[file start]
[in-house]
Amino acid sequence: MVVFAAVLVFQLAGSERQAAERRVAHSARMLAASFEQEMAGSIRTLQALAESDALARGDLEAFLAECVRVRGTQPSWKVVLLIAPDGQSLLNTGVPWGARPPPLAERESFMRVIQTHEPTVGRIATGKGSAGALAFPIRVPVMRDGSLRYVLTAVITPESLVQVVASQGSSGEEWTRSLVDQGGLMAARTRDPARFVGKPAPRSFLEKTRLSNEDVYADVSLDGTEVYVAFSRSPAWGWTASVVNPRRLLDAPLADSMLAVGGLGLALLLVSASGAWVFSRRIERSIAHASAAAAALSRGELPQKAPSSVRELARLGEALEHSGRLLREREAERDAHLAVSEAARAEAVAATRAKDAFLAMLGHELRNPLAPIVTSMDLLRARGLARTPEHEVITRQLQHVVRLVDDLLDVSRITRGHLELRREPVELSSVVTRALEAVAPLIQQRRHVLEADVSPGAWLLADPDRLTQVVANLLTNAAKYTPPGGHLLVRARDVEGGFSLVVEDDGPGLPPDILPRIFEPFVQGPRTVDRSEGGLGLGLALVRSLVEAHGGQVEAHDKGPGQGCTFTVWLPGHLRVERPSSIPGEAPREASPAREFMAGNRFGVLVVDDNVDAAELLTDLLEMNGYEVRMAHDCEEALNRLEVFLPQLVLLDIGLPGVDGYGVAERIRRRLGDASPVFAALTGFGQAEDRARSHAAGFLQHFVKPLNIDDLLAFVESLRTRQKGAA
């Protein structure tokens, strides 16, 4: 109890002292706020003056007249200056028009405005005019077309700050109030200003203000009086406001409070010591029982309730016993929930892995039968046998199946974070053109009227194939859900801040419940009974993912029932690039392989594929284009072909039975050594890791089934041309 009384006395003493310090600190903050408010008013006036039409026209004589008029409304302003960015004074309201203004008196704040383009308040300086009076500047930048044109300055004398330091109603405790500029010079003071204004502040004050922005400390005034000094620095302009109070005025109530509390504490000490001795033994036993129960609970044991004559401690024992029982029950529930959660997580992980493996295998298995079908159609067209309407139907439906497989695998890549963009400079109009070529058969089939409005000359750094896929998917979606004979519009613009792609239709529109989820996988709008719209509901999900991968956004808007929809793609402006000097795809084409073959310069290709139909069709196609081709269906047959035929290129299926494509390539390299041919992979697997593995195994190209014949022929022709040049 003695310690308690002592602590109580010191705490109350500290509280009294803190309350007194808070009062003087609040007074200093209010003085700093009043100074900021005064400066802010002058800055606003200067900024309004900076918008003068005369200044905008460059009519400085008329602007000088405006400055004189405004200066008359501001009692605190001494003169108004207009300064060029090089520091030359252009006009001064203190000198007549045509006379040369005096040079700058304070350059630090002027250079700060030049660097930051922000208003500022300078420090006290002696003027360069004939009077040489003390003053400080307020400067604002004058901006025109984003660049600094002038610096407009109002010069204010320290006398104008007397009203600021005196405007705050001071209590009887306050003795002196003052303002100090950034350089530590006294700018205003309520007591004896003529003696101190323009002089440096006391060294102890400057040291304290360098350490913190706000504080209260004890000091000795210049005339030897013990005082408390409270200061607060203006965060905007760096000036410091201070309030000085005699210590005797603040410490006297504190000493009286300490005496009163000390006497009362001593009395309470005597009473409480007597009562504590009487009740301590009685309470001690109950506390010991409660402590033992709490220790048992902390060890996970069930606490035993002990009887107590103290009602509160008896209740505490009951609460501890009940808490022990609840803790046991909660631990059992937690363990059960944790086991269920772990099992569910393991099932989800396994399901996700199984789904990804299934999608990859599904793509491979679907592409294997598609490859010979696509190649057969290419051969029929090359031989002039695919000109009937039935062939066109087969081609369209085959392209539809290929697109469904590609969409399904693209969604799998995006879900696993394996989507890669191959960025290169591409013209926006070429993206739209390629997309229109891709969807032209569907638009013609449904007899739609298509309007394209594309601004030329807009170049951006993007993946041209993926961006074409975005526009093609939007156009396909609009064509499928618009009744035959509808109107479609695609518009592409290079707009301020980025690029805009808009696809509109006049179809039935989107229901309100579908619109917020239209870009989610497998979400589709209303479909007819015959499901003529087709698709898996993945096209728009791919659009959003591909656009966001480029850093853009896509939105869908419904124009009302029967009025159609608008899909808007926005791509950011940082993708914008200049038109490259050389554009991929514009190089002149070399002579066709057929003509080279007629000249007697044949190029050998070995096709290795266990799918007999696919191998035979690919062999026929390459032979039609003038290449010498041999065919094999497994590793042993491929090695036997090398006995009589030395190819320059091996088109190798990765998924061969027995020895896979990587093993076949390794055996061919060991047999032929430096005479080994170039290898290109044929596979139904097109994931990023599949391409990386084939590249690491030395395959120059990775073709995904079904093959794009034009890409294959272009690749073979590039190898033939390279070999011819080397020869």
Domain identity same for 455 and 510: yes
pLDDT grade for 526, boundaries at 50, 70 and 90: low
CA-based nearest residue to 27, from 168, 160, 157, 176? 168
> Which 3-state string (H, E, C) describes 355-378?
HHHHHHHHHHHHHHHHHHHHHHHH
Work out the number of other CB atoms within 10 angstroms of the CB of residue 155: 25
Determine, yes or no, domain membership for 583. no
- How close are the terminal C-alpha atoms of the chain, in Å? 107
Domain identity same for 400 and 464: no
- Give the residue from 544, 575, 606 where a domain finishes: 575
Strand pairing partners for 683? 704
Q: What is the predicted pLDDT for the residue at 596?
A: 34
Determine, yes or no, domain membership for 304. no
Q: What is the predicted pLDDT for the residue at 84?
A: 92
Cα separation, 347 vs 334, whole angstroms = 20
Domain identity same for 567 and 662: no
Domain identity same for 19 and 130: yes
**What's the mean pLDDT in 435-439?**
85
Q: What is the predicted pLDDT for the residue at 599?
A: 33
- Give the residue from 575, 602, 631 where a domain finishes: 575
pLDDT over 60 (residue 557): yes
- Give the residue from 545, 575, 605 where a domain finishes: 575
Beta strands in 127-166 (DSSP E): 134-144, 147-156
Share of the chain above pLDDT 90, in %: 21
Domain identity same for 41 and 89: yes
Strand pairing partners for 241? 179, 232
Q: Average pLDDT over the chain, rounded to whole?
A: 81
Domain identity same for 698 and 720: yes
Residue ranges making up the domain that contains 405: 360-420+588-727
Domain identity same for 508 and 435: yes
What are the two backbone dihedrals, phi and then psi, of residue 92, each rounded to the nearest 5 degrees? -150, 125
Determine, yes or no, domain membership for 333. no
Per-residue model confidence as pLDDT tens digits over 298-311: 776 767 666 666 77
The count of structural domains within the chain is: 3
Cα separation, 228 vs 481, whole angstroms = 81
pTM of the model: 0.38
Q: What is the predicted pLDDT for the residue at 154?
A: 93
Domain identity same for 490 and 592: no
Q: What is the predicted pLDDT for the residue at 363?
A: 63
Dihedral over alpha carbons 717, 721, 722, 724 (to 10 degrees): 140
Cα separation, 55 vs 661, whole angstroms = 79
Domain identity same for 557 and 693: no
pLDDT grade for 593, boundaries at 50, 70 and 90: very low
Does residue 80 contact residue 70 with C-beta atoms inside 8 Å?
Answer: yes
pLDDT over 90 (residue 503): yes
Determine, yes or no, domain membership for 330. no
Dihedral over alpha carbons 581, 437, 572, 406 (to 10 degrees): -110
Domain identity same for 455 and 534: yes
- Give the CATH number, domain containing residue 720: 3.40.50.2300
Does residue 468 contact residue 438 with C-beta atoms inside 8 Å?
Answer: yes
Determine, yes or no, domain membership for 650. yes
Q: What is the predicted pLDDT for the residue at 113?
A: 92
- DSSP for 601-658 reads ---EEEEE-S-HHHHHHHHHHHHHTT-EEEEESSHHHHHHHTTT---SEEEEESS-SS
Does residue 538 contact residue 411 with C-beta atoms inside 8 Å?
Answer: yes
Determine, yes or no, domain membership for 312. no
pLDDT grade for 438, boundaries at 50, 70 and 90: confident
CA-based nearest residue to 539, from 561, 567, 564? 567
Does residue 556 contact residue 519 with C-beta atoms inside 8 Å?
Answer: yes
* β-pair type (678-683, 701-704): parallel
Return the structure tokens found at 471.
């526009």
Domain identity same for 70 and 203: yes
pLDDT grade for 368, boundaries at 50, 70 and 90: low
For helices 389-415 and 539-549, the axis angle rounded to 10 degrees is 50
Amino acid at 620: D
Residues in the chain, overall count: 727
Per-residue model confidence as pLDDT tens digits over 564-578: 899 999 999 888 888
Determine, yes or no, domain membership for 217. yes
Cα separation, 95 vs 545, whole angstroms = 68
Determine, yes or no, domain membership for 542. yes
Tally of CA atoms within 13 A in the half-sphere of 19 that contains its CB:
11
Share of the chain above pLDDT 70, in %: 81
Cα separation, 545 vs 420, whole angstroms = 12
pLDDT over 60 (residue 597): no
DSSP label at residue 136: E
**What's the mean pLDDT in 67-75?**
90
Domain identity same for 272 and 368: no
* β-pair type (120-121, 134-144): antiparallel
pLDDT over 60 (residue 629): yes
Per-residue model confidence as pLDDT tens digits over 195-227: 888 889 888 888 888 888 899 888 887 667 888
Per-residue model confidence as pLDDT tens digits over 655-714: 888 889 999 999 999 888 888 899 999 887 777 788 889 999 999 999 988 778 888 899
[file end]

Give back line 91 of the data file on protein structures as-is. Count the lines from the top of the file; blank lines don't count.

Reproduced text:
DSSP label at residue 136: E